Now this is a serious over-sight for two reasons. Firstly, voice recognition
systems are notoriously difficult to implement, especially when adding any personal
verification into the service, this I know from personal experience having written one
(SVIS 2001). Secondly, and more importantly, the emergence of VOIP (Voice Over
Internet Protocol) as a communications mechanism and direct substitution for the
existing PSTN (Public Switched Telephone Network, i.e. Current Eircom network)
systems means that electronically communicated speech is a service that many people
A huge amount of people are currently using Skype for their phone calls (Over
250 people have downloaded it) and more and more Irish people are replacing Eircom
with the much cheaper VOIP solution offered by Blueface. So it is no longer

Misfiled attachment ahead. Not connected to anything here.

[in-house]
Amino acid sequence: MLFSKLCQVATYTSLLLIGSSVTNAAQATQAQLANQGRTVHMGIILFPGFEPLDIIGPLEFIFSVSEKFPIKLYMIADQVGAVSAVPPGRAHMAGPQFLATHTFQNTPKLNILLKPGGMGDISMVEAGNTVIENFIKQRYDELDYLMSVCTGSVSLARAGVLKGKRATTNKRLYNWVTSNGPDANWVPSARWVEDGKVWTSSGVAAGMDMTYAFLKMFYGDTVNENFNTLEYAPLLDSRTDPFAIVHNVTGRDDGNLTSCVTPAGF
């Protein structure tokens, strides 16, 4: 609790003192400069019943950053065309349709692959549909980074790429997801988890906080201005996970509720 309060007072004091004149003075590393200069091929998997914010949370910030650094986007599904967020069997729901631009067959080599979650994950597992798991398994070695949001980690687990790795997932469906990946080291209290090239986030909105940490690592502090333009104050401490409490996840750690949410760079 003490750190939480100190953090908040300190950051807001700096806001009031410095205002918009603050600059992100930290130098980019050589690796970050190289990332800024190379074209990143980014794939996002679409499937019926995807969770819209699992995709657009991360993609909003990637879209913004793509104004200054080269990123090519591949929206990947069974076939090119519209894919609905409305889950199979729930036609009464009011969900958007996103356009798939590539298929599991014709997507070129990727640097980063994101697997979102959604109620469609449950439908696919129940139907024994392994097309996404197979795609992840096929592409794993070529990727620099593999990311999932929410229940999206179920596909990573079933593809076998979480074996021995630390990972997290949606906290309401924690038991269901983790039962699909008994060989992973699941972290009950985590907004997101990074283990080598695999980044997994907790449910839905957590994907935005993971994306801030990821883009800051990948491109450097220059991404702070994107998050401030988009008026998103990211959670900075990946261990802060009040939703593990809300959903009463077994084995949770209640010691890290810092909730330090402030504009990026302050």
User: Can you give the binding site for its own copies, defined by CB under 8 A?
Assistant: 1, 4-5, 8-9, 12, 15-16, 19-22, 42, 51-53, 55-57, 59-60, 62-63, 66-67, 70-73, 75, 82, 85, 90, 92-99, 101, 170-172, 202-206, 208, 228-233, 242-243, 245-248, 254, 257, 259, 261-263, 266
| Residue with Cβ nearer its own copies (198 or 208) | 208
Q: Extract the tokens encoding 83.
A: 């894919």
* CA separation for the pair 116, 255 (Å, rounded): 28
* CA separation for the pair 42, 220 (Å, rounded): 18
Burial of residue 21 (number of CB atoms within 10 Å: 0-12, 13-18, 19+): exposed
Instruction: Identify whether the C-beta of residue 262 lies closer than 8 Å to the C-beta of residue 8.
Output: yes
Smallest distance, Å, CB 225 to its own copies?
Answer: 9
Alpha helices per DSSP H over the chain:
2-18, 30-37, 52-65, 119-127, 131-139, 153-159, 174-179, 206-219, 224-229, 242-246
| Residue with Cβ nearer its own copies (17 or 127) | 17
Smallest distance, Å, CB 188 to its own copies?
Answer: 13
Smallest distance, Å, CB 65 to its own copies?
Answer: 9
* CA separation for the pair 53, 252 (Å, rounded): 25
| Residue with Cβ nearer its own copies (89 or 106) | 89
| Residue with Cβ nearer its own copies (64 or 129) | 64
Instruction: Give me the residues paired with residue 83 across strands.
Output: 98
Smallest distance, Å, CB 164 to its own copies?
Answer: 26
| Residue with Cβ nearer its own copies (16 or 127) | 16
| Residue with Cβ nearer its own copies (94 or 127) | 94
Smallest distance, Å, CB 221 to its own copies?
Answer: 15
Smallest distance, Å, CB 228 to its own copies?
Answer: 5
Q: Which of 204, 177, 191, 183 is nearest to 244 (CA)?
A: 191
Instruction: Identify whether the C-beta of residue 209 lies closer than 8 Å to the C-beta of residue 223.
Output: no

appropriate to call VOIP a new or emerging technology. The fact that the electronic
commerce act categorically states that this type of communication is outside the scope
act, gives no legal standing to contracts conducted over the phone through VOIP
connections. So this would indicate that phone calls carried out over VOIP
connections are not legally binding in this state.
The Electronic commerce act 2000 is a pretty shoddy piece of legislation. It
seems to have been written without much technical knowledge or any foresight (Case
and point VOIP). The necessity for the act in the first place was the need to
categorically define electronic contracts. However, since the case of Entores Ltd Vs
Miles Far East Corporation , there was already an existing provision for this in
the law. Secondly the EU directive on electronic signatures, but this has been proven
to be based on a flawed technical system. So what has the electronic commerce act
2000 given us? A little bit of restriction over the .ie domain name, and not a lot else. References
Speaker Verification implemented Security